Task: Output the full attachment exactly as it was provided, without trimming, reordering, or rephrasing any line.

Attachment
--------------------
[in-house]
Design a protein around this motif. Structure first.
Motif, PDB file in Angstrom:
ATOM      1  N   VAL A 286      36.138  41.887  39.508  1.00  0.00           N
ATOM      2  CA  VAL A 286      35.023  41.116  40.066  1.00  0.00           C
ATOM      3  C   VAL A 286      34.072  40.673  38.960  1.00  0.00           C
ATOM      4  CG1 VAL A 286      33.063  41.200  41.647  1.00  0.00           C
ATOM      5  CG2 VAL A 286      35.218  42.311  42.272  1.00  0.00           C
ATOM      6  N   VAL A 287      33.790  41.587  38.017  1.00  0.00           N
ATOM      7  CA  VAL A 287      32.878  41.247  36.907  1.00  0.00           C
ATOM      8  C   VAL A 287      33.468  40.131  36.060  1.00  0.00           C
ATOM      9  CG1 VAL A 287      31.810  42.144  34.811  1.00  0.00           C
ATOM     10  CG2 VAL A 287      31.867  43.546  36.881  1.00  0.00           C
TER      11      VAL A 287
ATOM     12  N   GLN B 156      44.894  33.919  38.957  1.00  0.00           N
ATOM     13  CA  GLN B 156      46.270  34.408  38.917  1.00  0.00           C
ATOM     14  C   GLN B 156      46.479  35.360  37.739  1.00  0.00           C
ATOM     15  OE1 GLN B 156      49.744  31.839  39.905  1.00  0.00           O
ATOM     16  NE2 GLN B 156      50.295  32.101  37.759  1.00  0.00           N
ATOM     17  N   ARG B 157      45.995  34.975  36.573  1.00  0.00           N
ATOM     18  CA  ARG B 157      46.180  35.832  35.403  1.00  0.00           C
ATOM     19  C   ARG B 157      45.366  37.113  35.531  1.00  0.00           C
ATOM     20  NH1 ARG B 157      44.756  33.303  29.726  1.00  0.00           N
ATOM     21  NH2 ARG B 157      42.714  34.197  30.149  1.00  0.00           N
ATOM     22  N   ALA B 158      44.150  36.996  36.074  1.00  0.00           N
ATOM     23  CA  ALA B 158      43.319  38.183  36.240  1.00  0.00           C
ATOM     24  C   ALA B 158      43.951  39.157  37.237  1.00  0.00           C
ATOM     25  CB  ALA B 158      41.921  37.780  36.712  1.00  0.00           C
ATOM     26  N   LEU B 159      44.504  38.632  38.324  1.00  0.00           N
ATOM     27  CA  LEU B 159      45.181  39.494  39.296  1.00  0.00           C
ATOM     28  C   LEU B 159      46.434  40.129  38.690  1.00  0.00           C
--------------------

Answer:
[in-house]
Design a protein around this motif. Structure first.
Motif, PDB file in Angstrom:
ATOM      1  N   VAL A 286      36.138  41.887  39.508  1.00  0.00           N
ATOM      2  CA  VAL A 286      35.023  41.116  40.066  1.00  0.00           C
ATOM      3  C   VAL A 286      34.072  40.673  38.960  1.00  0.00           C
ATOM      4  CG1 VAL A 286      33.063  41.200  41.647  1.00  0.00           C
ATOM      5  CG2 VAL A 286      35.218  42.311  42.272  1.00  0.00           C
ATOM      6  N   VAL A 287      33.790  41.587  38.017  1.00  0.00           N
ATOM      7  CA  VAL A 287      32.878  41.247  36.907  1.00  0.00           C
ATOM      8  C   VAL A 287      33.468  40.131  36.060  1.00  0.00           C
ATOM      9  CG1 VAL A 287      31.810  42.144  34.811  1.00  0.00           C
ATOM     10  CG2 VAL A 287      31.867  43.546  36.881  1.00  0.00           C
TER      11      VAL A 287
ATOM     12  N   GLN B 156      44.894  33.919  38.957  1.00  0.00           N
ATOM     13  CA  GLN B 156      46.270  34.408  38.917  1.00  0.00           C
ATOM     14  C   GLN B 156      46.479  35.360  37.739  1.00  0.00           C
ATOM     15  OE1 GLN B 156      49.744  31.839  39.905  1.00  0.00           O
ATOM     16  NE2 GLN B 156      50.295  32.101  37.759  1.00  0.00           N
ATOM     17  N   ARG B 157      45.995  34.975  36.573  1.00  0.00           N
ATOM     18  CA  ARG B 157      46.180  35.832  35.403  1.00  0.00           C
ATOM     19  C   ARG B 157      45.366  37.113  35.531  1.00  0.00           C
ATOM     20  NH1 ARG B 157      44.756  33.303  29.726  1.00  0.00           N
ATOM     21  NH2 ARG B 157      42.714  34.197  30.149  1.00  0.00           N
ATOM     22  N   ALA B 158      44.150  36.996  36.074  1.00  0.00           N
ATOM     23  CA  ALA B 158      43.319  38.183  36.240  1.00  0.00           C
ATOM     24  C   ALA B 158      43.951  39.157  37.237  1.00  0.00           C
ATOM     25  CB  ALA B 158      41.921  37.780  36.712  1.00  0.00           C
ATOM     26  N   LEU B 159      44.504  38.632  38.324  1.00  0.00           N
ATOM     27  CA  LEU B 159      45.181  39.494  39.296  1.00  0.00           C
ATOM     28  C   LEU B 159      46.434  40.129  38.690  1.00  0.00           C